You do not usually go straight into a church, but into a porch first. You may see certain things in this porch. First, notices about what is going to happen in the church itself, or the district, during the coming week or other important announcements. You may also see several cards pinned up, having black edges, which shows you at once that they have something to do with people who have died. On these cards you will see the name of someone who has died, perhaps the relative of Catholics who come to that church, and a request for prayers. Catholics believe that you can help the souls of those who have died by praying for them. It shows you at once what a close link is made by prayer among Catholics, since we can not only pray for one another while we are all still living on this earth, but we can pray for those who have already died and help them even beyond the grave. When one of your own friends dies, it is quite likely that you will say (half without thinking), “God rest his soul.” This is a good custom which ought not to die out.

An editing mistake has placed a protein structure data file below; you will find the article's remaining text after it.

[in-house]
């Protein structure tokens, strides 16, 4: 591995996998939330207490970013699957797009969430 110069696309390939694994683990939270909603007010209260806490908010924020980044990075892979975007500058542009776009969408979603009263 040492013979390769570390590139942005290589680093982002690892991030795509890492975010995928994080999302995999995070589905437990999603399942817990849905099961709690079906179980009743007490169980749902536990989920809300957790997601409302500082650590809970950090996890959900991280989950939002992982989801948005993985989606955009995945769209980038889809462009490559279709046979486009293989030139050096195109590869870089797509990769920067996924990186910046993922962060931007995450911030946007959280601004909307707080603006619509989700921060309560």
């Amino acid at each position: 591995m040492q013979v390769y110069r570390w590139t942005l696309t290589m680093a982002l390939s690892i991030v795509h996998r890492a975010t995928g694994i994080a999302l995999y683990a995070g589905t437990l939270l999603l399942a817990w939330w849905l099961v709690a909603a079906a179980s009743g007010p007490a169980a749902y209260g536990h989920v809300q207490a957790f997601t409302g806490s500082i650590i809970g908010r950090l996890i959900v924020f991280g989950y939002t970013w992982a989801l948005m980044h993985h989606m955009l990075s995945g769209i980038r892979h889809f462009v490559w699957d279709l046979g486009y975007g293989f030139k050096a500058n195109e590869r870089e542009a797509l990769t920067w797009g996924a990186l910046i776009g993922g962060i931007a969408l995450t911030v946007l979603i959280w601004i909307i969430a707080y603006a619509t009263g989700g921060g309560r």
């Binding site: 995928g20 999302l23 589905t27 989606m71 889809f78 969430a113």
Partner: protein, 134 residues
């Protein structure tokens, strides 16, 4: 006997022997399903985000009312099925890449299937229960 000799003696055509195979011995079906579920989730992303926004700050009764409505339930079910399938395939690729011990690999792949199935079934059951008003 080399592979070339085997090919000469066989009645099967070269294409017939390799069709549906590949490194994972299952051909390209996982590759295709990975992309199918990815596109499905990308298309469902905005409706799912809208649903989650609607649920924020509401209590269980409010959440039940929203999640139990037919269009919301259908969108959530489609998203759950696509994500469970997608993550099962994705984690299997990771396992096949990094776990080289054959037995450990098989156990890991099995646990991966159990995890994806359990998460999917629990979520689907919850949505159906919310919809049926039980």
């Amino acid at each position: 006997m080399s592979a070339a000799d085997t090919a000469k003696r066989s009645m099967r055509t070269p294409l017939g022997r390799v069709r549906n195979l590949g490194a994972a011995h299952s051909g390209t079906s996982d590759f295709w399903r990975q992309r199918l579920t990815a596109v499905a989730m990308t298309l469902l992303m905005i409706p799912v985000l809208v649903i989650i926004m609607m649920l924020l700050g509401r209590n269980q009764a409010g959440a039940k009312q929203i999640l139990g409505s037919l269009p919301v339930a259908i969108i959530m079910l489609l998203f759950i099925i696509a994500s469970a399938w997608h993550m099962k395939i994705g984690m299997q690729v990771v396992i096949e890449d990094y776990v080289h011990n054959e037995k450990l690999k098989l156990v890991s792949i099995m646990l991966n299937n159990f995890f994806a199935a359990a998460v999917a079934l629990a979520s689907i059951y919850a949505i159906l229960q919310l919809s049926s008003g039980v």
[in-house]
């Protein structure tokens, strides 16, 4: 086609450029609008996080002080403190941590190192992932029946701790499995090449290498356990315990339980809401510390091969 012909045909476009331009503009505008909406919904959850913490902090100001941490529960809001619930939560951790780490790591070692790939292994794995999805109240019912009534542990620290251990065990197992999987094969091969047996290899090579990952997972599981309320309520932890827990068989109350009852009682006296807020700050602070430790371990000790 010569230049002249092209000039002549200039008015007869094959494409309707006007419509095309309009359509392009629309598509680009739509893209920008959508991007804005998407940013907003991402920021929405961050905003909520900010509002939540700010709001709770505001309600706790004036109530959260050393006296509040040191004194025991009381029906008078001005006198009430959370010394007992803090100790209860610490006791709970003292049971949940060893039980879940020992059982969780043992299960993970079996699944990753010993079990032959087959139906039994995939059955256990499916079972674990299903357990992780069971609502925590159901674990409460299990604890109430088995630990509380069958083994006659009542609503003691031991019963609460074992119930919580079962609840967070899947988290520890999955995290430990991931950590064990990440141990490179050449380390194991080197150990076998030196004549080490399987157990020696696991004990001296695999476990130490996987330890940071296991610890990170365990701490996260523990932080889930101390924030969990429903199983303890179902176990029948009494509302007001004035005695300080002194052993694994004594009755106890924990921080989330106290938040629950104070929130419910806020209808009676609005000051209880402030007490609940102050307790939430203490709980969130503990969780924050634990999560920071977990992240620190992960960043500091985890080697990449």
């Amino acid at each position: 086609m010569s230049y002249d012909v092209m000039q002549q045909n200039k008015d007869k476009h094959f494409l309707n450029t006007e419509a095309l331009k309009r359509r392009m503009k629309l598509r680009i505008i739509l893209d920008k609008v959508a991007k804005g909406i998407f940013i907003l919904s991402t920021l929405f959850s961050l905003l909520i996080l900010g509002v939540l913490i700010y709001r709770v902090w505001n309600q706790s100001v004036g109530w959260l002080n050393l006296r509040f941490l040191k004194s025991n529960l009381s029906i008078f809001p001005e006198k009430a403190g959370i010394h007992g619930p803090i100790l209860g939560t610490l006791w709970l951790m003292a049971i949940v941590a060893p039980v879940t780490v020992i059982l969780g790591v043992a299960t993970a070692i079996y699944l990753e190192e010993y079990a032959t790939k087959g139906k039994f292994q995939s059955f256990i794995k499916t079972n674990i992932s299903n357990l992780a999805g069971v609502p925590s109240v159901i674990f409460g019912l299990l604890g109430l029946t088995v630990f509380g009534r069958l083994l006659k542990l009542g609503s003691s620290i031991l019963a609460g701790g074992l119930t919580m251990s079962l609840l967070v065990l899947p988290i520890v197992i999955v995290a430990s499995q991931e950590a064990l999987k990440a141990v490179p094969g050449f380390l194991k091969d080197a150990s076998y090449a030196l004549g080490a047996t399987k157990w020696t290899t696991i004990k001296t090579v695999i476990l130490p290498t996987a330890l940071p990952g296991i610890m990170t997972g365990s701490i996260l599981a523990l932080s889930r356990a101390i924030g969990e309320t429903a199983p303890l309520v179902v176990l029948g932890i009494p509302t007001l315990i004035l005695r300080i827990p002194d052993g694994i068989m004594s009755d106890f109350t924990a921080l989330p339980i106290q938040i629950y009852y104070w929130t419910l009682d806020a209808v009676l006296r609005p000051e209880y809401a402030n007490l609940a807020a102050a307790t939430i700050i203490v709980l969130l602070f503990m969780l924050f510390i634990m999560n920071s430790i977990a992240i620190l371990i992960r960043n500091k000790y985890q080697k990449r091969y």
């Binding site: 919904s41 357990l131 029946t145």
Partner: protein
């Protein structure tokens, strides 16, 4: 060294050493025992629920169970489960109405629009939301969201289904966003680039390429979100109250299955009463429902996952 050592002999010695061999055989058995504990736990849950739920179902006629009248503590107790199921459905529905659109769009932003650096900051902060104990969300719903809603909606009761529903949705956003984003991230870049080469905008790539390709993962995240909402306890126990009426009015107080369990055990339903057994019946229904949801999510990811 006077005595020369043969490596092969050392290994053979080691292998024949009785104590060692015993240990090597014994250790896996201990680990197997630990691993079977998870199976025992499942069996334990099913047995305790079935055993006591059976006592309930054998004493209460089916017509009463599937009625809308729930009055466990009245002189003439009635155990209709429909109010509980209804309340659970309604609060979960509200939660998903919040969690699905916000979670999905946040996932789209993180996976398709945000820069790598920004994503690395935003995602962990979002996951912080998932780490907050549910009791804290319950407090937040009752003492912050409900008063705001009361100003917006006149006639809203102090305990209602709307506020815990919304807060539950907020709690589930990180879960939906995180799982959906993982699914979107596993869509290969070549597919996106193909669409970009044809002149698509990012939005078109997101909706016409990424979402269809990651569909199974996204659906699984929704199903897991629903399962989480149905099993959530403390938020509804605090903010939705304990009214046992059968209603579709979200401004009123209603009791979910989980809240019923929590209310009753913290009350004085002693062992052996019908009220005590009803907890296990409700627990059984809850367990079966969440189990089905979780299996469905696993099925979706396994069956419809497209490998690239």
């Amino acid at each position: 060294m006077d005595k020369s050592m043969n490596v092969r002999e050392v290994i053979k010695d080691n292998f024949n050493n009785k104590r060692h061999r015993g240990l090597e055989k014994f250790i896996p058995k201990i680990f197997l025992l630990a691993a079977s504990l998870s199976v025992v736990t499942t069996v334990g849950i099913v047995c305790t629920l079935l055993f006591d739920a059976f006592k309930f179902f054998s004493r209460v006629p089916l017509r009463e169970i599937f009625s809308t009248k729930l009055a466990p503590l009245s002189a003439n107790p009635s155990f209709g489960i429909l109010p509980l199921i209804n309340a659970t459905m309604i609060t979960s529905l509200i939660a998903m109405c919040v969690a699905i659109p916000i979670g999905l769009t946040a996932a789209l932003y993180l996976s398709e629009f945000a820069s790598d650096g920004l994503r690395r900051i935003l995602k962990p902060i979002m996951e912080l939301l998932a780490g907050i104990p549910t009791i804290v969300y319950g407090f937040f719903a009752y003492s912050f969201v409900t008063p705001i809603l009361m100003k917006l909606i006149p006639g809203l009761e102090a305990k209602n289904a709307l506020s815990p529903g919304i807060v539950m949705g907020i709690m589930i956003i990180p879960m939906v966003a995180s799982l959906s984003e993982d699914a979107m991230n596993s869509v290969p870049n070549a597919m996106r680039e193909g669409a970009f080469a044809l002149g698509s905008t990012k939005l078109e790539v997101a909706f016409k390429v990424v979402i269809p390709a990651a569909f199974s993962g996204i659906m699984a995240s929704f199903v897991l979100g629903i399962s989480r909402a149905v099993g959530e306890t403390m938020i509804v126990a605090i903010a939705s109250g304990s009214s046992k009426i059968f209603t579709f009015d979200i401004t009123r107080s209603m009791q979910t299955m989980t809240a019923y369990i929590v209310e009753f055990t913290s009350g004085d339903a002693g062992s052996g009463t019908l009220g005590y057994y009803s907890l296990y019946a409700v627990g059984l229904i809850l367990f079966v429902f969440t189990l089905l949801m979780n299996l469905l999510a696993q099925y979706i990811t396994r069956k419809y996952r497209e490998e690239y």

Also you may see in the porch (or just inside it) a bowl or saucer full of water. Sometimes it stands on a little column; sometimes it is stuck in the wall. You will see Catholics put their fingers into this, and make the sign of the cross with it over themselves. This water is called “holy water.” It reminds us that we ought to be clean in heart when we enter God’s “house” or come into his presence by prayer. But more than that, the cross that we make with that water reminds us that it is through Jesus Christ our Lord that our sins are forgiven, and sin is the only dirt that can blacken our hearts and souls. So we ask that our souls may be washed clean through Jesus Christ. But more than that. This water is called “holy water” not only because we put it to a holy use—we do not drink it, or wash our hands in it, and so on, but we use it, as I said, to remind ourselves of religious things—but also because it has been “blessed”—that is, God has been asked to look at us with special kindness when we make that little action of dipping our fingers in this special water and signing ourselves with the cross of his Son and to give us special help because of this small thing that we do.